Opinion: What I learned from mentoring 300 Egyptian startups

For the past five years, I had the amazing opportunity to work with over 300 local startups. It has been a wonderful learning experience. As a mentor and trainer of entrepreneurs, there is nothing more fulfilling than accompanying a group of enthusiastic entrepreneurs on their startup journeys. It allowed me to witness first hand the true meaning of perseverance against monumental odds, the determination to succeed despite scarce resources and funds and the uncharted faith in the eventuality of impact making.

But it also allowed me to get a sense of the typical challenges Egyptian entrepreneurs face during their startup journey. Despite that I worked with many startups at different stages, ranging from idea phase to market deployment to scaling phase and in different fields of activities spanning from social, fintech, e-commerce, clean tech, fashion to hardware development, I couldn’t help but notice the same observations/themes emerging over and over again. These interconnected observations were made on both the entrepreneur and startup levels.

Observations on the entrepreneurs level:

Fixed Mindsets: Many of the entrepreneur perceive their startup as a pass or fail test and not as learning journey of progressing actions towards achieving a certain vision. This key challenge prohibits an entrepreneur’s potential to develop on the personal level to meet with the continuously rising startup’s needs. Startups are journeys and not destinations.

Sales Vs Strategy mentality: When meeting entrepreneurs for the first time, I usually get the sales pitch about how their product or service is unique. I try to discuss with them their strategy, their business model or even their customer, I am usually met with non-fact based assumptions combined with personal opinions. Mostly, they focus on selling an attractive idea and not a potentially profitable business. It is seldom that I meet an entrepreneur who is seeking help with developing a sound strategy or seeking to validate his/her proposed solution with facts. Having sales skills is important. However, without a sound strategy/business model, an entrepreneur has nothing really to sell other than a well articulated fiction.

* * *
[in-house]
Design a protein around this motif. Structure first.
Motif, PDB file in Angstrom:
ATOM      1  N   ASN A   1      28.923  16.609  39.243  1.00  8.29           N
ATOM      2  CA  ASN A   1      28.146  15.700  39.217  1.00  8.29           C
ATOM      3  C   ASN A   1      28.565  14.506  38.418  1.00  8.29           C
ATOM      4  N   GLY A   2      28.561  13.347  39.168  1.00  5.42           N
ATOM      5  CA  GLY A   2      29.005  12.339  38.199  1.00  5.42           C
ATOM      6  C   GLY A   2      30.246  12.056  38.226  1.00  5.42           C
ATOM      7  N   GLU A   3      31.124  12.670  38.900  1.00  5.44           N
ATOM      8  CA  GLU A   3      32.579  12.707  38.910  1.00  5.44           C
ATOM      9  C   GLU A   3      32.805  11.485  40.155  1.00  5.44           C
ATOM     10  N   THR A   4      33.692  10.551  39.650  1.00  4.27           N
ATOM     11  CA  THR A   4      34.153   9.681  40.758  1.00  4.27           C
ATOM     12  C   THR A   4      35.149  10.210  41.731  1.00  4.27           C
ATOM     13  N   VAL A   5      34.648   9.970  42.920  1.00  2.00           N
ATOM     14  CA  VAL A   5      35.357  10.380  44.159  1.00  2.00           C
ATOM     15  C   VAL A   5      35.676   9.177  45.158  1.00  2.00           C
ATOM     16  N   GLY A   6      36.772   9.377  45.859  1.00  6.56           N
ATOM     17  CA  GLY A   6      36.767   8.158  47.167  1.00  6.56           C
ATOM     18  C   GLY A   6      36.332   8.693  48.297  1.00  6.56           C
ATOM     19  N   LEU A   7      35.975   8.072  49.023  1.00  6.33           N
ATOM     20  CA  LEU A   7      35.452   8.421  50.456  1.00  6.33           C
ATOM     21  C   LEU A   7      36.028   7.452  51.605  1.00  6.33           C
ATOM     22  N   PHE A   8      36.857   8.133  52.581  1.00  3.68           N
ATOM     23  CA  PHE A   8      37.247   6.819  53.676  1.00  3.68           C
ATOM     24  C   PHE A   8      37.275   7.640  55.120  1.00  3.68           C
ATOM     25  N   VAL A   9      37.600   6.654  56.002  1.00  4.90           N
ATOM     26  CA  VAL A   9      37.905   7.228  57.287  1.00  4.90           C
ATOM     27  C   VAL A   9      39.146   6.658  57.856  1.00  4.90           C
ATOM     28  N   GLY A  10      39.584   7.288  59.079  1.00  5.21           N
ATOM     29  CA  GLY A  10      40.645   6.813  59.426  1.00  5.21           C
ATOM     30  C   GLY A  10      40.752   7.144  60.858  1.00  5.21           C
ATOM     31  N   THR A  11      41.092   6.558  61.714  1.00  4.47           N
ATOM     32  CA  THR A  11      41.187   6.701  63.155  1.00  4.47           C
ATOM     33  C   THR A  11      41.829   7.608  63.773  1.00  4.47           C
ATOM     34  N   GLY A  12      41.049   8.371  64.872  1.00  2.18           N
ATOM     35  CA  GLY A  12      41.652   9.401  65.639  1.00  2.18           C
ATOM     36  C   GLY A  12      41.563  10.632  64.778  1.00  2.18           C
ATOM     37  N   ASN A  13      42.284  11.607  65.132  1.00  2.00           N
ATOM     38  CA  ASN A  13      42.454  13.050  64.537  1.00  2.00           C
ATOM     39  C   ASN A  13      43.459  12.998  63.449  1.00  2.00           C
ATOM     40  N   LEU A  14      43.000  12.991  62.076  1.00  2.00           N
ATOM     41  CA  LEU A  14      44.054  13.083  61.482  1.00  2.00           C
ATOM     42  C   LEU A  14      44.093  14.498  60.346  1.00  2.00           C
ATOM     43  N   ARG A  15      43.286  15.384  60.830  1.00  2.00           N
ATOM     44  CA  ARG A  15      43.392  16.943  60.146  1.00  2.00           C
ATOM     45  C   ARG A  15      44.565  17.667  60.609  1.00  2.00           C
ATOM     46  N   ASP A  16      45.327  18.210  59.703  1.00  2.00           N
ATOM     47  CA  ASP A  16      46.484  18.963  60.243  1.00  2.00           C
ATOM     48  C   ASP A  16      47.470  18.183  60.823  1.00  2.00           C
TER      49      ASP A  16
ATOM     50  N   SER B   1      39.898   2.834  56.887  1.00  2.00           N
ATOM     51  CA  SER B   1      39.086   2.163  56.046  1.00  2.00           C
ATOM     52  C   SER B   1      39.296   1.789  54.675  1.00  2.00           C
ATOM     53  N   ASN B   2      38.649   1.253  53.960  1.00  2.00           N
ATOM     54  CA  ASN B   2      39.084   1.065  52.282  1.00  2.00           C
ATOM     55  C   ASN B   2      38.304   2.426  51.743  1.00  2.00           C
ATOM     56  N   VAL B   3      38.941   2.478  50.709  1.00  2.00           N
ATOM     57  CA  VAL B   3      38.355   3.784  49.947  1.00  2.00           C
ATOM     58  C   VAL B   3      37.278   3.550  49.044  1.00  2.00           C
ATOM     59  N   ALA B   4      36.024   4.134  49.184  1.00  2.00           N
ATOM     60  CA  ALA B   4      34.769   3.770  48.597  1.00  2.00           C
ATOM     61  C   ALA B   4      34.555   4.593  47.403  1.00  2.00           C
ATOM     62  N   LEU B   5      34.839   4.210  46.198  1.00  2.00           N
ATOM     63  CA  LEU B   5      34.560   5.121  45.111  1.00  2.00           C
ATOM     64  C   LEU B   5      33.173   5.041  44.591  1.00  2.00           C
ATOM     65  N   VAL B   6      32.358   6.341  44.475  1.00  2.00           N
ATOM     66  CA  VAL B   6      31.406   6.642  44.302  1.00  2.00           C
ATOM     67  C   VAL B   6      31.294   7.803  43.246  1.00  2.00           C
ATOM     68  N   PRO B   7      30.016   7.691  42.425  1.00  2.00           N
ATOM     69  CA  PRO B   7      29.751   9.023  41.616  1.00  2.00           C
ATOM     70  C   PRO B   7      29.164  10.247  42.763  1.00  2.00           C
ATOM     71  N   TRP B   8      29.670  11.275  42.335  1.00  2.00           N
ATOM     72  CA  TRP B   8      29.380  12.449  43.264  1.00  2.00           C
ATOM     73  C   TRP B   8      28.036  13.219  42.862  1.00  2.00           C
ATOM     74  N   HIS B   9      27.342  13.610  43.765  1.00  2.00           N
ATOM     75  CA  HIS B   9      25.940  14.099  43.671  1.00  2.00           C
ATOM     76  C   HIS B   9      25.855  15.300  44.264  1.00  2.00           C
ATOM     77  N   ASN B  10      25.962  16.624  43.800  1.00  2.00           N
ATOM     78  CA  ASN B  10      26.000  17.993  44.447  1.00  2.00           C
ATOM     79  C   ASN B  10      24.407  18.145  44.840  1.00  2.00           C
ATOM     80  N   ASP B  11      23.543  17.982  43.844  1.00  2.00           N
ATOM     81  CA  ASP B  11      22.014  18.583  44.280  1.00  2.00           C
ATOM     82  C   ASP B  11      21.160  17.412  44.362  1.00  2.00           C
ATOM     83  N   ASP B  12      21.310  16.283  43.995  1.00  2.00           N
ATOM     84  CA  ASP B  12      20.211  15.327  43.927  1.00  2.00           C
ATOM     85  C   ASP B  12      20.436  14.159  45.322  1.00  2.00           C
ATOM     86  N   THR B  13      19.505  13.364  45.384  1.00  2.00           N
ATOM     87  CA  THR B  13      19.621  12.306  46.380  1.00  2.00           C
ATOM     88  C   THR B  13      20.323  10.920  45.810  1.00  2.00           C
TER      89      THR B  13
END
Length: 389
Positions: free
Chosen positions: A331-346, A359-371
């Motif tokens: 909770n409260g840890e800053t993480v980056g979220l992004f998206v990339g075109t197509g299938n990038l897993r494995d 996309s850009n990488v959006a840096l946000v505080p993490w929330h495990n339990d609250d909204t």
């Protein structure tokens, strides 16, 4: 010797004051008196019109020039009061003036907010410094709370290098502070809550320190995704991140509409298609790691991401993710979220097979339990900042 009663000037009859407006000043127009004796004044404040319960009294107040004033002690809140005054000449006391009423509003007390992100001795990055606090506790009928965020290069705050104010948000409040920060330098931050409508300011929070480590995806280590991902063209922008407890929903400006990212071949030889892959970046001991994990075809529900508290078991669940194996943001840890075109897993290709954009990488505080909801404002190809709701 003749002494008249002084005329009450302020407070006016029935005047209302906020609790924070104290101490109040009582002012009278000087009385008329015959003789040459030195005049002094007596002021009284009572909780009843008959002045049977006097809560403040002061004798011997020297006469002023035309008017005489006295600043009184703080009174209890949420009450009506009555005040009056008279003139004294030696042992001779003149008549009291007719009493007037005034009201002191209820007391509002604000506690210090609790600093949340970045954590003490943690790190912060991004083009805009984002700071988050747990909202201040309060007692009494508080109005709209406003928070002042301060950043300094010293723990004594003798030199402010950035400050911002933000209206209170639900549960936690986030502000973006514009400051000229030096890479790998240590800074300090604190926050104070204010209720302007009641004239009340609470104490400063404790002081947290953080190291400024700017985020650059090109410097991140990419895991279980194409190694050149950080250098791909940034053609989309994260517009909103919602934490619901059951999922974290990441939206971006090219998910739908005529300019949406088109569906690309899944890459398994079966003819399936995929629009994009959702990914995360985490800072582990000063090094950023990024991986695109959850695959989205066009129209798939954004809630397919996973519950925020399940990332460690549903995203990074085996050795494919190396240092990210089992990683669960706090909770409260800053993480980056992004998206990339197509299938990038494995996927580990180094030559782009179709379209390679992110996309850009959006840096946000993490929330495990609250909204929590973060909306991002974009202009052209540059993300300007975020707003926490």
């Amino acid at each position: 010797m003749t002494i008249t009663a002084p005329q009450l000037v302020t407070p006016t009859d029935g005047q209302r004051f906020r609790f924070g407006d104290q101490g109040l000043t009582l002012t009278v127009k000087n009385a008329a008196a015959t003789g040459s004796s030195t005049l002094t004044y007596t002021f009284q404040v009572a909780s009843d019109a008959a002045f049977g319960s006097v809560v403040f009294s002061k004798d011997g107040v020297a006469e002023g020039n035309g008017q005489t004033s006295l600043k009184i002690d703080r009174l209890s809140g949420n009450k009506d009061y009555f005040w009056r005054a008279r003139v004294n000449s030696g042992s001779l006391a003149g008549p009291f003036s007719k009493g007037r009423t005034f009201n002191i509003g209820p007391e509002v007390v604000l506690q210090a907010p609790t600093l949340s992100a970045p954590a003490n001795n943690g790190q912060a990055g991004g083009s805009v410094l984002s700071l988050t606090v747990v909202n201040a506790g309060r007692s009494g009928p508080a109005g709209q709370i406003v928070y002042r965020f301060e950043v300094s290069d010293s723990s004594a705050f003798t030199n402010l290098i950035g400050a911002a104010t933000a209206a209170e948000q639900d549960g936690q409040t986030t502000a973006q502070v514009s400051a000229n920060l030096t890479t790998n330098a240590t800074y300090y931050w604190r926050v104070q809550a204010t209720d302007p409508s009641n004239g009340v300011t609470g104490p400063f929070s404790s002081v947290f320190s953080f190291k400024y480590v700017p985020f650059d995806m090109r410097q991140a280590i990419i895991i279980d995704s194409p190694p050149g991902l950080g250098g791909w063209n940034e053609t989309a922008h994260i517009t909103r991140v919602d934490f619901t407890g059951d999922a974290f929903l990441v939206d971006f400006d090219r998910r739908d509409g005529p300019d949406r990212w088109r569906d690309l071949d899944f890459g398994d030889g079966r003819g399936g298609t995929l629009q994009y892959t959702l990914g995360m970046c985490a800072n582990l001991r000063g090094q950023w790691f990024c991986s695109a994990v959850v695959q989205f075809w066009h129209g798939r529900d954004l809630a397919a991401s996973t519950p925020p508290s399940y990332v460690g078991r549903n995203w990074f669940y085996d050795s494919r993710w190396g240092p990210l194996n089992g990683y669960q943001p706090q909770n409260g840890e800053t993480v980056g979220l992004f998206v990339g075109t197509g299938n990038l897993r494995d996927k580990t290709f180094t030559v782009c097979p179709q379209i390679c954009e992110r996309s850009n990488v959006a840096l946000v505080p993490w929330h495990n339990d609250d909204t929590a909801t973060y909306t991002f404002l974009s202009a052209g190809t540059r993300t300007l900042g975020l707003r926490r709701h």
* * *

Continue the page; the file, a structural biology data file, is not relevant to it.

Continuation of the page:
Personal Priorities Vs Startup Priorities: Many of the entrepreneurs I meet are laser focused on getting accepted into incubation programs or winning competitions than to actually work on their startup. The phenomena of “program hopping” is really popular in the local entrepreneurial ecosystem. Eventually all we get is “wanapreneurs” with convincing pitching powerpoint presentations. Real startup progress: minimum.  Don’t get me wrong, these sort of activities are important to offer access to much needed mentoring, exposure or seed funding. However, they seam to be wasted on the less serious entrepreneurs whose sales ability are much higher than their execution appetite. Priorities are obviously mixed up!

Observations on the startup level:

Business Rational Vs. Tech Development: Many of the entrepreneurs believe that what they are building as a product/service is actually the startup itself. They think of the tech in vacuum, without putting much thought into why the startup itself exists, i.e, the vision. It is simply limiting to the startup’s future and does not allow for any room to maneuver if/when the tech does not get market traction.

Eventually the absence of vision translates to the absence of a solid business model. The delivery of a full-fledged working prototype (the solution) becomes more important than actually understanding the potential customer’s problem, how much this customer is willing to pay to solve such problem and what kind of activities and resources are needed to actually offer that solution. In a nutshell, substantial undermining of the business rational.

Business Environment: Many entrepreneurs design their business model in a vacuum, i.e., they do not account for the business environment in which the company is active. This reoccurring problem is probably the most dangerous of all; it limits the startup ability to perform smoothly or adapt to what has become a very competitive, fast changing and resource challenging business landscape.

In words of Alex Osterwalder who invented the Business Model Canvas:

“Your ideas don’t matter. What matters is how you turn your idea into a value proposition customers want, embedded in a profitable & scalable business model.”

Despite the economic challenges the country is currently facing, the Egyptian startup ecosystem still has a very strong potential. Every problem you see around you, is a startup just waiting to happen. It is a fertile soil for innovating viable business models. It is not enough to have attractive business ideas but rather to understand the importance of fact based, repeatable and scalable business models when designing a startup. Applying and adopting the holistic hybrid thinking approach of business design (customer centric design thinking/business model rational) offers entrepreneurs a better chance of success with their endeavors. Embracing the mindset of evidence based entrepreneurship as a process for the startup journey, offers the unique opportunity of minimizing uncertainty and spending the least possible funds prior to actually executing a potential business model or building an expensive product/service that no one actually wants.

Startup is a journey, not a destination.

Hani W. Naguib
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